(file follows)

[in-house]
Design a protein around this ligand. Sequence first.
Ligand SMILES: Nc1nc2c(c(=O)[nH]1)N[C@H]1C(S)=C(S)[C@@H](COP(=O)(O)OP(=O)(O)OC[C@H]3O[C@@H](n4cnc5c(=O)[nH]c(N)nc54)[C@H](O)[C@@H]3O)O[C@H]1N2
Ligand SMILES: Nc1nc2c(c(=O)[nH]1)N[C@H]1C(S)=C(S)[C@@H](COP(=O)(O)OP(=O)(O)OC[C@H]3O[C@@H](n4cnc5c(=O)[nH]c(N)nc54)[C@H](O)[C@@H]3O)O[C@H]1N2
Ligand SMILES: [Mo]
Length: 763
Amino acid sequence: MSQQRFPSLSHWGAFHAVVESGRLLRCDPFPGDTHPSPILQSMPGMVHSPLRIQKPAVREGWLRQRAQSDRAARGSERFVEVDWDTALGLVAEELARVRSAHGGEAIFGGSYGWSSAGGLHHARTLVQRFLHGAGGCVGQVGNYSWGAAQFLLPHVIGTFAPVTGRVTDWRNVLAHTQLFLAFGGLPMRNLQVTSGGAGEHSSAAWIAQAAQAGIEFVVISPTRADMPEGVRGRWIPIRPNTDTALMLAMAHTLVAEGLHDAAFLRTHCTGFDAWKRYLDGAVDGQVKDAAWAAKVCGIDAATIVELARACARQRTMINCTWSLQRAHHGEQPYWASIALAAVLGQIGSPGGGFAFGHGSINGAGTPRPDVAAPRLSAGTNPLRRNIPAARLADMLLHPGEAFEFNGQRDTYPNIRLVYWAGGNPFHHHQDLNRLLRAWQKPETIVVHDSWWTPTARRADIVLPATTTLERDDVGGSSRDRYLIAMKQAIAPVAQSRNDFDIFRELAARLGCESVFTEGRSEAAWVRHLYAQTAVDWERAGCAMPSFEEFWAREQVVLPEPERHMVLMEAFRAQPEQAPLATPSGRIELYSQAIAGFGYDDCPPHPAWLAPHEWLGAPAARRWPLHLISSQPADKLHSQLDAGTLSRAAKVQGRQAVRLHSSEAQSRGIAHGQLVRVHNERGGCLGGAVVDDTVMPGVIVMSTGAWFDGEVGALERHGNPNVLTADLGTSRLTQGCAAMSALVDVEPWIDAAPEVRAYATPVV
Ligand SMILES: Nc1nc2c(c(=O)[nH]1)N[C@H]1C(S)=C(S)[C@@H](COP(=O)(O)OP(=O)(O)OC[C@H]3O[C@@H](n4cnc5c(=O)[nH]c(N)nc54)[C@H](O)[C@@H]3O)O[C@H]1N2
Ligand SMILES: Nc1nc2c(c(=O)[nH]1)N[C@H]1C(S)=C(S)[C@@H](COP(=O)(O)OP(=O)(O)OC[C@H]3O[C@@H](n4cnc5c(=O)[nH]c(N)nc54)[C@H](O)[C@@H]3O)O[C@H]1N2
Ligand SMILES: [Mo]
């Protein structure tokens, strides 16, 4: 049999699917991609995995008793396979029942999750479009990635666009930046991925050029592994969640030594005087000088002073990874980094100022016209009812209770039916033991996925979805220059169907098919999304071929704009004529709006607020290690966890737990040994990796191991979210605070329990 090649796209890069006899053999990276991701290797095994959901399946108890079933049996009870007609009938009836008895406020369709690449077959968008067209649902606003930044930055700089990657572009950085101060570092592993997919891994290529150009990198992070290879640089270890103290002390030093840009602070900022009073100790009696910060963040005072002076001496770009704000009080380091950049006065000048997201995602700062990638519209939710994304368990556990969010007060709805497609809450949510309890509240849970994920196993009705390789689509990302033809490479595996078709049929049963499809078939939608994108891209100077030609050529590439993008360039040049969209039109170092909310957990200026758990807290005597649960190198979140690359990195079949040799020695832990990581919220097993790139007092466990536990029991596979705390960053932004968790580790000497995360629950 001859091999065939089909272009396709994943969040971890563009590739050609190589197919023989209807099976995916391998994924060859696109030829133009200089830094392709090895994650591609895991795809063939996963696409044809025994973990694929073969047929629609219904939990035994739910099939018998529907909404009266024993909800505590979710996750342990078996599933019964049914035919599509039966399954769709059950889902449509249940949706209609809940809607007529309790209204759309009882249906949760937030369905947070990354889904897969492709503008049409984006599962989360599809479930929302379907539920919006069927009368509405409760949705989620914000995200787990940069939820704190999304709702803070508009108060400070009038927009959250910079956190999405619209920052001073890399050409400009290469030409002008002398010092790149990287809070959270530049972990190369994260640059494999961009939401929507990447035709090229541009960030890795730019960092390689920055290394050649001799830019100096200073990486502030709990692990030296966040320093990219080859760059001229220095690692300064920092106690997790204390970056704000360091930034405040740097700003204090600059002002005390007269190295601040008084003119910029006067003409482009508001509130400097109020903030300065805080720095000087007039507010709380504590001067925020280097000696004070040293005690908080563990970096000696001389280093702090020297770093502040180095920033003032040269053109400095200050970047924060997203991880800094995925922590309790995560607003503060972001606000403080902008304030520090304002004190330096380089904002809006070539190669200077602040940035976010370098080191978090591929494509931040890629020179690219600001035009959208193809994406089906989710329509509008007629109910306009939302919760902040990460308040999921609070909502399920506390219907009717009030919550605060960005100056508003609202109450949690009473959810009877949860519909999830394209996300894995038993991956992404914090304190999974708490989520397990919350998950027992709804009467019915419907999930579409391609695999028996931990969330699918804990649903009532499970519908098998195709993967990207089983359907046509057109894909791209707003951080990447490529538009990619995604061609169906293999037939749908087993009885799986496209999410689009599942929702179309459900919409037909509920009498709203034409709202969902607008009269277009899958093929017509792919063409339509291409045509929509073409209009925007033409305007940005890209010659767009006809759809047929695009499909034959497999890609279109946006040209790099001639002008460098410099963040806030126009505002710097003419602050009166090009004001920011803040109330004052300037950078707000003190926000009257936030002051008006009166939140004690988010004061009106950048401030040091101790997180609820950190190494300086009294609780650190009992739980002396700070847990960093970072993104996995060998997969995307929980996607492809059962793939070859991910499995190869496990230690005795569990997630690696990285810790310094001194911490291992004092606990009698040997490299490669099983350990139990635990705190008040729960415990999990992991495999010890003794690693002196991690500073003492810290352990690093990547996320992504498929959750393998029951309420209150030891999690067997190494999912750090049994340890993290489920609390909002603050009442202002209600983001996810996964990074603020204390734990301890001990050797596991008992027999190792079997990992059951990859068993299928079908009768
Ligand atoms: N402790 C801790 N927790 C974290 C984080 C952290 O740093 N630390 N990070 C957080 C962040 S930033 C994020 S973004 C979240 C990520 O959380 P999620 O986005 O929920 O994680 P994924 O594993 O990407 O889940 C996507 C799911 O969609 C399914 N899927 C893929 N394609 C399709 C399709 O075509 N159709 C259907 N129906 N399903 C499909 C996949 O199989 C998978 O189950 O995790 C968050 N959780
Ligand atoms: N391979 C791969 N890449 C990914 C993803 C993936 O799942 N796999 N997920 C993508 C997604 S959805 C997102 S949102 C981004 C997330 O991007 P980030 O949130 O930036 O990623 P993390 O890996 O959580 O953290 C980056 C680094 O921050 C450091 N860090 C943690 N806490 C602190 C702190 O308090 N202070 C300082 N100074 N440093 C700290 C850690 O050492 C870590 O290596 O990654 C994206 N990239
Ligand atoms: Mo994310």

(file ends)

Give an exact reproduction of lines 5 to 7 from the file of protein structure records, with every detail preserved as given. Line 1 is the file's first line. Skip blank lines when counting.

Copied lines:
Ligand SMILES: [Mo]
Length: 763
Amino acid sequence: MSQQRFPSLSHWGAFHAVVESGRLLRCDPFPGDTHPSPILQSMPGMVHSPLRIQKPAVREGWLRQRAQSDRAARGSERFVEVDWDTALGLVAEELARVRSAHGGEAIFGGSYGWSSAGGLHHARTLVQRFLHGAGGCVGQVGNYSWGAAQFLLPHVIGTFAPVTGRVTDWRNVLAHTQLFLAFGGLPMRNLQVTSGGAGEHSSAAWIAQAAQAGIEFVVISPTRADMPEGVRGRWIPIRPNTDTALMLAMAHTLVAEGLHDAAFLRTHCTGFDAWKRYLDGAVDGQVKDAAWAAKVCGIDAATIVELARACARQRTMINCTWSLQRAHHGEQPYWASIALAAVLGQIGSPGGGFAFGHGSINGAGTPRPDVAAPRLSAGTNPLRRNIPAARLADMLLHPGEAFEFNGQRDTYPNIRLVYWAGGNPFHHHQDLNRLLRAWQKPETIVVHDSWWTPTARRADIVLPATTTLERDDVGGSSRDRYLIAMKQAIAPVAQSRNDFDIFRELAARLGCESVFTEGRSEAAWVRHLYAQTAVDWERAGCAMPSFEEFWAREQVVLPEPERHMVLMEAFRAQPEQAPLATPSGRIELYSQAIAGFGYDDCPPHPAWLAPHEWLGAPAARRWPLHLISSQPADKLHSQLDAGTLSRAAKVQGRQAVRLHSSEAQSRGIAHGQLVRVHNERGGCLGGAVVDDTVMPGVIVMSTGAWFDGEVGALERHGNPNVLTADLGTSRLTQGCAAMSALVDVEPWIDAAPEVRAYATPVV